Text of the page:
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can we have in physic or can we speak about 1-d conformal theory in physics ??

for example in this one dimensional theory what would be the generators $ x \partial _{x} $ or $ \partial _{x} $ ??

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Yes, such theories exist. They're known as "conformal quantum mechanics". See

http://scholar.google.com/scholar?q=%22conformal+quantum+mechanics%22&hl=en&lr=&btnG=Search
http://scholar.google.com/scholar?q=ads2-cft1&hl=en&lr=&btnG=Search

There is an $SL(2,{\mathbb R})$ symmetry in them, or its (e.g. supersymmetric) extensions. The potential $1/r^2$ may occur in such QM models. Because there is only time dimension, there is no $\partial_x$, just $\partial_t$, and similarly there is only $t \partial_t$, formally speaking.

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  • $\begingroup$ Hi @Lubos, shouldn't $CFT_1$ have larger symmetry, I mean full reparametrization invariance analogous to Virasoro symmetry in 2D CFTs? Can you elaborate on this part? I have seen people usually talk about $SL(2,R)$ symmetry for $CFT_1$. Don't understand the reason. Is it too large symmetry to give non-trivial results? $\endgroup$ – Physics Moron Sep 6 '17 at 6:30
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    $\begingroup$ @PhysicsMoron - first, in the CFT2 case, the Virasoro symmetry contains all the conformal transformations that map the plane or sphere onto itself.. The infinite-dimensional group of holomorphic maps fails to be one-to-one, so these transformations aren't really reversible and can't be considered a proper group acting on the whole theory on the plane itself. This statement couldn't be made about CFT1 but the SL(2,R) still plays a preferred role at least because it's a group obtained by a continuation from a general dimension. $\endgroup$ – Luboš Motl Sep 8 '17 at 6:50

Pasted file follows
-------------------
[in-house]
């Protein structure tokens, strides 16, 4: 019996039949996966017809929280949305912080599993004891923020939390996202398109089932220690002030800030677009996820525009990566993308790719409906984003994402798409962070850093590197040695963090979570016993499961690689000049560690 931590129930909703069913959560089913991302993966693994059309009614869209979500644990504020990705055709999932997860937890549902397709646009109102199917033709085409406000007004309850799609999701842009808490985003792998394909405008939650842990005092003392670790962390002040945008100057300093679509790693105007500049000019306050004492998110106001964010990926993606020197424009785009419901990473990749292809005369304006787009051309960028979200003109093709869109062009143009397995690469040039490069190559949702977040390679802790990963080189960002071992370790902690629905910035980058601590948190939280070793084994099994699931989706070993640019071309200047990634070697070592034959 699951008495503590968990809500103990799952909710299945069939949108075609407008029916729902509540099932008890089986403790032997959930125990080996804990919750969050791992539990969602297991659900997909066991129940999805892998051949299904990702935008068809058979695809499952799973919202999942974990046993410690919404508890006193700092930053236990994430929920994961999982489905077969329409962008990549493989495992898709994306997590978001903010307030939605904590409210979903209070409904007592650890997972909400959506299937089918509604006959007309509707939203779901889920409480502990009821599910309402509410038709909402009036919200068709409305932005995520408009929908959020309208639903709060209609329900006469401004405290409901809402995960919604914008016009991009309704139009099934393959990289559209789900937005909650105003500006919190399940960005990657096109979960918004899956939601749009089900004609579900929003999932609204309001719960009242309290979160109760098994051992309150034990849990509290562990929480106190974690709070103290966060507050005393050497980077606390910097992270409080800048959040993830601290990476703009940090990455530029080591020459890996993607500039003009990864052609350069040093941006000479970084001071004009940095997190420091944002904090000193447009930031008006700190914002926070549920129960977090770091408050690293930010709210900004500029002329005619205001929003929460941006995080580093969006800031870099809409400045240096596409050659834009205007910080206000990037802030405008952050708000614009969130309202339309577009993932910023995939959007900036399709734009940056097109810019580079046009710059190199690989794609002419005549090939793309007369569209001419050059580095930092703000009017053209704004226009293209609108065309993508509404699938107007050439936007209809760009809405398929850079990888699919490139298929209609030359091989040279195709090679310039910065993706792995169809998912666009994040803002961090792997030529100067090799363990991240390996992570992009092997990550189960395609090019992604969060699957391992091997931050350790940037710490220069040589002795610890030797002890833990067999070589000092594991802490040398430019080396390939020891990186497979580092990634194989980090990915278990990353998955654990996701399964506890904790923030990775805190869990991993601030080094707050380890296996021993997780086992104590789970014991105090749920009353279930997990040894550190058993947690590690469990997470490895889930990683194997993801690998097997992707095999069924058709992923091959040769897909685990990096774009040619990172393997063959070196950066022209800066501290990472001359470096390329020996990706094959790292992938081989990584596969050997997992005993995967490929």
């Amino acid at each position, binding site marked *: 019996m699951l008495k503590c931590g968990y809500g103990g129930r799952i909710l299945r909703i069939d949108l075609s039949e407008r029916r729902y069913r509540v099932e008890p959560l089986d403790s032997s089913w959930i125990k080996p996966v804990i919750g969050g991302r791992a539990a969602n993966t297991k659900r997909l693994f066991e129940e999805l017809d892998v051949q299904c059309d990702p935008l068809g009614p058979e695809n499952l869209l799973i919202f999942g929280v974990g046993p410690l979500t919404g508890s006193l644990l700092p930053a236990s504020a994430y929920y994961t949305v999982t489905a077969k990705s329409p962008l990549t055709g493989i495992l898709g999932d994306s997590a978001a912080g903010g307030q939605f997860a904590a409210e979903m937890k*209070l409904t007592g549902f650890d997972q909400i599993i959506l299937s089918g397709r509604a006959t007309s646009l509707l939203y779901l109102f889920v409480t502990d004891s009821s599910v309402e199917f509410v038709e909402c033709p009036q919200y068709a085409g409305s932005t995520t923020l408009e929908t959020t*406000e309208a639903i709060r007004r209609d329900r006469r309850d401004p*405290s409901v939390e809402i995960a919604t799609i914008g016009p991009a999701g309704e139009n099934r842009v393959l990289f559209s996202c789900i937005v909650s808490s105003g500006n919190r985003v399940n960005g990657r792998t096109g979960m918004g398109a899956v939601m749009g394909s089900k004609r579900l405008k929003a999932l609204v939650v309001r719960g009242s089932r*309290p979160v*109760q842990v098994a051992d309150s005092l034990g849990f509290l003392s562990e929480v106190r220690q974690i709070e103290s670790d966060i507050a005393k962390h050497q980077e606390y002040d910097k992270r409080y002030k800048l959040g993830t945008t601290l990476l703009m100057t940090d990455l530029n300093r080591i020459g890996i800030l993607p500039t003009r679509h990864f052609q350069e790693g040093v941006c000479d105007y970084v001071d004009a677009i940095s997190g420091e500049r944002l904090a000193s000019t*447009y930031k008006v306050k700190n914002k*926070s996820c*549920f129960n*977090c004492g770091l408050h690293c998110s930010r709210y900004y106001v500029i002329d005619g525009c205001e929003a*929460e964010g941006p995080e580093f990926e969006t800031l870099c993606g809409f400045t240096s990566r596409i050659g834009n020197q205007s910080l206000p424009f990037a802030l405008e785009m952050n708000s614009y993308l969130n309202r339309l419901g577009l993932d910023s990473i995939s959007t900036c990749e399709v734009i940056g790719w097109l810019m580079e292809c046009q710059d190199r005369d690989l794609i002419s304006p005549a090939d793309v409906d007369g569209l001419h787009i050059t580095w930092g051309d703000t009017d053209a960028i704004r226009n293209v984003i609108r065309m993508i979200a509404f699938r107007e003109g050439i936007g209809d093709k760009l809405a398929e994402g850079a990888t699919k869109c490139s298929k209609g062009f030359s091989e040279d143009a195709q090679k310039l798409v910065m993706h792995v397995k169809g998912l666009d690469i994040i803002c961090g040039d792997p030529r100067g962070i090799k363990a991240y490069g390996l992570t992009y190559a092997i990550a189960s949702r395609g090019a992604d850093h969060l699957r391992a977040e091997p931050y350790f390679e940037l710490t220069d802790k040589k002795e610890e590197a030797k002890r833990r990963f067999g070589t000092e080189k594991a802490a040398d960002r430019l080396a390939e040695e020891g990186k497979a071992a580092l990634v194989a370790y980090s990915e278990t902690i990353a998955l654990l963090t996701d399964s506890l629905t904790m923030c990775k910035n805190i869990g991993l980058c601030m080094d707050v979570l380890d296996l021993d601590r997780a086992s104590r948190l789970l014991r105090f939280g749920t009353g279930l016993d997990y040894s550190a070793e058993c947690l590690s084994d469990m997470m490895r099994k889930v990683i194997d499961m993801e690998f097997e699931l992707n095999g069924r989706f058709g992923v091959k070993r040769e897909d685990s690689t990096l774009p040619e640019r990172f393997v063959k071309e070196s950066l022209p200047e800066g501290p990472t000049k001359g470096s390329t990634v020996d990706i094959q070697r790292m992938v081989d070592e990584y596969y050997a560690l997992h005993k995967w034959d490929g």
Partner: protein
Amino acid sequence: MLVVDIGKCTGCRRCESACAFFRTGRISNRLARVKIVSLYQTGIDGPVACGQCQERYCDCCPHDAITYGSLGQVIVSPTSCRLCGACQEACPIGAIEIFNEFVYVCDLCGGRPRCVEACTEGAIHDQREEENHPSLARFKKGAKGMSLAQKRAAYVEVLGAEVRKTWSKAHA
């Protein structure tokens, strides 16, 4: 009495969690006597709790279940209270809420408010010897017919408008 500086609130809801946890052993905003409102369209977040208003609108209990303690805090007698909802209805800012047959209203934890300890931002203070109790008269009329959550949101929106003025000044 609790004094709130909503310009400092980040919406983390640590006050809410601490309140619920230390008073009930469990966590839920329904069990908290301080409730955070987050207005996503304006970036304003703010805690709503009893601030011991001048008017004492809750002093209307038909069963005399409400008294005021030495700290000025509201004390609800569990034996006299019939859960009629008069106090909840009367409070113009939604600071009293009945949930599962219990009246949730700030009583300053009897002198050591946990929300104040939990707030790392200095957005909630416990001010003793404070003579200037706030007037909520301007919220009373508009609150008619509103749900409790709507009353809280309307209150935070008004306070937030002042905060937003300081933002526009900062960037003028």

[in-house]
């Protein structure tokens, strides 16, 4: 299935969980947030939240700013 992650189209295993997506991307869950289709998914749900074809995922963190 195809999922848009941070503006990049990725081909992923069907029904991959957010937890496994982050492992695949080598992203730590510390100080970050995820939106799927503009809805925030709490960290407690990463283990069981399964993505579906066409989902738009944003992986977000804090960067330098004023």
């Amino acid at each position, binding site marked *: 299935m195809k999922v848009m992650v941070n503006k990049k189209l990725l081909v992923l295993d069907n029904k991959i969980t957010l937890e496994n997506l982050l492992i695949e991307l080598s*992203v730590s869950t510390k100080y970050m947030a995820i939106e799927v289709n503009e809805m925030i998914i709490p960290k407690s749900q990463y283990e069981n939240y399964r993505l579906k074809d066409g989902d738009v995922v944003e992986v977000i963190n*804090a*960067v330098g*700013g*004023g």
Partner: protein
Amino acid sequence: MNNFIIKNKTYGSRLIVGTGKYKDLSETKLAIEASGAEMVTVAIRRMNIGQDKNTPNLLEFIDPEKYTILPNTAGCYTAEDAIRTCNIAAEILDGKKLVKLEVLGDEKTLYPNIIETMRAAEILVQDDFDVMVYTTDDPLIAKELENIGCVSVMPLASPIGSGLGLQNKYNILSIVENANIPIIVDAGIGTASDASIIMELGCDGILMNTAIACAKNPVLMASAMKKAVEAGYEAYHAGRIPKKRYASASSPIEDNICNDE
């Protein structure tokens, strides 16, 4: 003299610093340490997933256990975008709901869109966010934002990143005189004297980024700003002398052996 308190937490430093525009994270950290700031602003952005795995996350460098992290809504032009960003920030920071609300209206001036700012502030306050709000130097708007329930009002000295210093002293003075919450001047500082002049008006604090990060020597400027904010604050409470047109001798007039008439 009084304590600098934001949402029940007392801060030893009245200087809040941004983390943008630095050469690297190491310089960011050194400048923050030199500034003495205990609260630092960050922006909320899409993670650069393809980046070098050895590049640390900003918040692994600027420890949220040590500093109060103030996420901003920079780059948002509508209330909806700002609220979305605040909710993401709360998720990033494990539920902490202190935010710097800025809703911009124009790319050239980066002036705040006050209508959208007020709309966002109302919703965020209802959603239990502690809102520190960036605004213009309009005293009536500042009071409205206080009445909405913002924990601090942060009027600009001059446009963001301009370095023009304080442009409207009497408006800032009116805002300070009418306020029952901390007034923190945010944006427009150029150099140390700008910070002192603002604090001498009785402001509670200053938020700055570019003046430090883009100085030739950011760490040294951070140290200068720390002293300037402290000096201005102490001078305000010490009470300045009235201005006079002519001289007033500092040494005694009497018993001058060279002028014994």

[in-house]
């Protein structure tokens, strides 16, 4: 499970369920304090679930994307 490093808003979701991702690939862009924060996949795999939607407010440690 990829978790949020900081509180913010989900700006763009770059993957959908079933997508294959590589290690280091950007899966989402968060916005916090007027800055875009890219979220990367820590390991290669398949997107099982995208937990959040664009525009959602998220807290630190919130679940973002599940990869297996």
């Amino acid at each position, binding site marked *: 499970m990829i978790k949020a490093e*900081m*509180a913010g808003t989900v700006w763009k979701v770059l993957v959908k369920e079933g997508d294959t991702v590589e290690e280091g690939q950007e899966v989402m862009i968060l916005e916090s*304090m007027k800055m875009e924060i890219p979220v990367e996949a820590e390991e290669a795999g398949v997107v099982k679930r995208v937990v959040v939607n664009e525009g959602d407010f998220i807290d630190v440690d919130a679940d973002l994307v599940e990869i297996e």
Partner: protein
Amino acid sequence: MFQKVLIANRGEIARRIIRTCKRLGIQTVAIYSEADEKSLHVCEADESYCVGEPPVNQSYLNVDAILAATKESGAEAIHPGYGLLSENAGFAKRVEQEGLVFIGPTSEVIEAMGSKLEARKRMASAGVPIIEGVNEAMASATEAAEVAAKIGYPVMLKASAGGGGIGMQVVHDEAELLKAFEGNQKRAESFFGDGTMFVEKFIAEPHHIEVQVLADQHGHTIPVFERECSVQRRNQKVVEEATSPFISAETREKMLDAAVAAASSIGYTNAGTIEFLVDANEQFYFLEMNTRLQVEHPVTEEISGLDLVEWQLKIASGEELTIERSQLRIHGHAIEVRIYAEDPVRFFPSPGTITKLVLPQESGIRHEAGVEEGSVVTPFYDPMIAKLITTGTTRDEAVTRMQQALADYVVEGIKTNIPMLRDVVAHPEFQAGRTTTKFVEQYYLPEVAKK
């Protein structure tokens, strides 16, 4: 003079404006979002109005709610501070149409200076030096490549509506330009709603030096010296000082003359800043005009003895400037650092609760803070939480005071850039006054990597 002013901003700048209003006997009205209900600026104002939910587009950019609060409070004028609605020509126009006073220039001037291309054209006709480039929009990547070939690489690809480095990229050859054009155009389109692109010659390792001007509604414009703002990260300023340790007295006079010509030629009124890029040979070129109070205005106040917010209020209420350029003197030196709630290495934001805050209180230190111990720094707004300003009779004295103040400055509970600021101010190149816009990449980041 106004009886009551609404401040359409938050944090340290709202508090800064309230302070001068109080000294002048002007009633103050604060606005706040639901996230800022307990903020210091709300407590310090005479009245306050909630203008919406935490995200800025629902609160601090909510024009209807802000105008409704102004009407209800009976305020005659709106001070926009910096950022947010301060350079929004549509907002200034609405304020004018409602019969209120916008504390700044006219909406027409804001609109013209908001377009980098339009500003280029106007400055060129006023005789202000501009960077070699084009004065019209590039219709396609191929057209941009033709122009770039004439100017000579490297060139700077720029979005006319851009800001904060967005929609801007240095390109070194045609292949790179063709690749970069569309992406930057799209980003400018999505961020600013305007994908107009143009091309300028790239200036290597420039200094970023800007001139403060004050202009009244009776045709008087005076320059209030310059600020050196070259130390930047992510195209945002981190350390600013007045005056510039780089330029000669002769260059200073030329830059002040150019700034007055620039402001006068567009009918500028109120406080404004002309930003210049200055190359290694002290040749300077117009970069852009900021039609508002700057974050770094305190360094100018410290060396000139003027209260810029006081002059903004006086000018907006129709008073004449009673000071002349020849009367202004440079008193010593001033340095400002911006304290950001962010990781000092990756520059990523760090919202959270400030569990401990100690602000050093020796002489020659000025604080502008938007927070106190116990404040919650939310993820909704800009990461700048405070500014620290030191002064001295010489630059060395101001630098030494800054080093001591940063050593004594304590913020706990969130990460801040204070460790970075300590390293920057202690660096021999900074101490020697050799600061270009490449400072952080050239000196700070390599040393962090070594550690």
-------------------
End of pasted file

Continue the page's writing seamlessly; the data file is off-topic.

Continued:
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    $\begingroup$ One must be careful about the precise statements etc. For example, Strominger here arxiv.org/pdf/hep-th/9809027.pdf did argue that the enhancement to the infinite-dimensional group should be made in both cases, in some setup. Search for "enlarged" in that paper. $\endgroup$ – Luboš Motl Sep 8 '17 at 6:51
  • $\begingroup$ Thanks for the clarification! Actually people sometimes consider CFT$_1$ as one copy of the Virasoro algebra, like the Strominger's paper you referred to. I was wondering if one can compute conformal blocks (say) analogous to Virasoro blocks in 2D CFT for this single copy. In literature I could only find papers (e.g, arxiv.org/abs/1205.0443) which consider conformal quantum mechanics i.e, $SL(2,R)$ symmetry. Will those 'half-Virasoro' blocks be "trivial" or "not-so-easy-to-define"? $\endgroup$ – Physics Moron Sep 8 '17 at 7:14
  • $\begingroup$ OK, I would have to restudy these things, no expert to answer on the top of my head... Sorry. $\endgroup$ – Luboš Motl Sep 8 '17 at 18:22

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